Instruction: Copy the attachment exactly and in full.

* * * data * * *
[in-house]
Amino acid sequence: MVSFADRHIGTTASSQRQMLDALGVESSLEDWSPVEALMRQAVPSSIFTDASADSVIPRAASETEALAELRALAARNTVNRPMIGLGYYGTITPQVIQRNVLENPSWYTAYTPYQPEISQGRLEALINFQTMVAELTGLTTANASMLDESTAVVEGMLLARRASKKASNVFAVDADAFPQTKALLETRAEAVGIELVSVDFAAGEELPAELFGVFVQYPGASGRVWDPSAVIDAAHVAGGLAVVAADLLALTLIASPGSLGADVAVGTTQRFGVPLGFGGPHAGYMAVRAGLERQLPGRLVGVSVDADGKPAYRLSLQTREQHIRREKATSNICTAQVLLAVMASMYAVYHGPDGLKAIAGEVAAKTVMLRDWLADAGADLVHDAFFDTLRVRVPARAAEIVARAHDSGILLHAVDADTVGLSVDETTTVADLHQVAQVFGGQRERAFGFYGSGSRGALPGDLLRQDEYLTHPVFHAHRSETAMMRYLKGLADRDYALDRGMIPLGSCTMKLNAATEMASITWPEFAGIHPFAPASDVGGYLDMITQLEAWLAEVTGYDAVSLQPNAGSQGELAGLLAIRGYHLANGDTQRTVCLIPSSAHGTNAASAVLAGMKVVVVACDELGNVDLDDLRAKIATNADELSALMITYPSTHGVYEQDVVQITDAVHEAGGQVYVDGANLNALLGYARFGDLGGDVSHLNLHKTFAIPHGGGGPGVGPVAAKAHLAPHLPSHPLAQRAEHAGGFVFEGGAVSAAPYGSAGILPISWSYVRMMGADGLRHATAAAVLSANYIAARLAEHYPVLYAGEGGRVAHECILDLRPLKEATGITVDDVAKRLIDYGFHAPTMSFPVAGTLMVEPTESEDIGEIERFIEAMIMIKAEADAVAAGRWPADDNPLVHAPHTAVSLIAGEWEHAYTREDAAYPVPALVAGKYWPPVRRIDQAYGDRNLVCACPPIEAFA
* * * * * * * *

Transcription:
[in-house]
Amino acid sequence: MVSFADRHIGTTASSQRQMLDALGVESSLEDWSPVEALMRQAVPSSIFTDASADSVIPRAASETEALAELRALAARNTVNRPMIGLGYYGTITPQVIQRNVLENPSWYTAYTPYQPEISQGRLEALINFQTMVAELTGLTTANASMLDESTAVVEGMLLARRASKKASNVFAVDADAFPQTKALLETRAEAVGIELVSVDFAAGEELPAELFGVFVQYPGASGRVWDPSAVIDAAHVAGGLAVVAADLLALTLIASPGSLGADVAVGTTQRFGVPLGFGGPHAGYMAVRAGLERQLPGRLVGVSVDADGKPAYRLSLQTREQHIRREKATSNICTAQVLLAVMASMYAVYHGPDGLKAIAGEVAAKTVMLRDWLADAGADLVHDAFFDTLRVRVPARAAEIVARAHDSGILLHAVDADTVGLSVDETTTVADLHQVAQVFGGQRERAFGFYGSGSRGALPGDLLRQDEYLTHPVFHAHRSETAMMRYLKGLADRDYALDRGMIPLGSCTMKLNAATEMASITWPEFAGIHPFAPASDVGGYLDMITQLEAWLAEVTGYDAVSLQPNAGSQGELAGLLAIRGYHLANGDTQRTVCLIPSSAHGTNAASAVLAGMKVVVVACDELGNVDLDDLRAKIATNADELSALMITYPSTHGVYEQDVVQITDAVHEAGGQVYVDGANLNALLGYARFGDLGGDVSHLNLHKTFAIPHGGGGPGVGPVAAKAHLAPHLPSHPLAQRAEHAGGFVFEGGAVSAAPYGSAGILPISWSYVRMMGADGLRHATAAAVLSANYIAARLAEHYPVLYAGEGGRVAHECILDLRPLKEATGITVDDVAKRLIDYGFHAPTMSFPVAGTLMVEPTESEDIGEIERFIEAMIMIKAEADAVAAGRWPADDNPLVHAPHTAVSLIAGEWEHAYTREDAAYPVPALVAGKYWPPVRRIDQAYGDRNLVCACPPIEAFA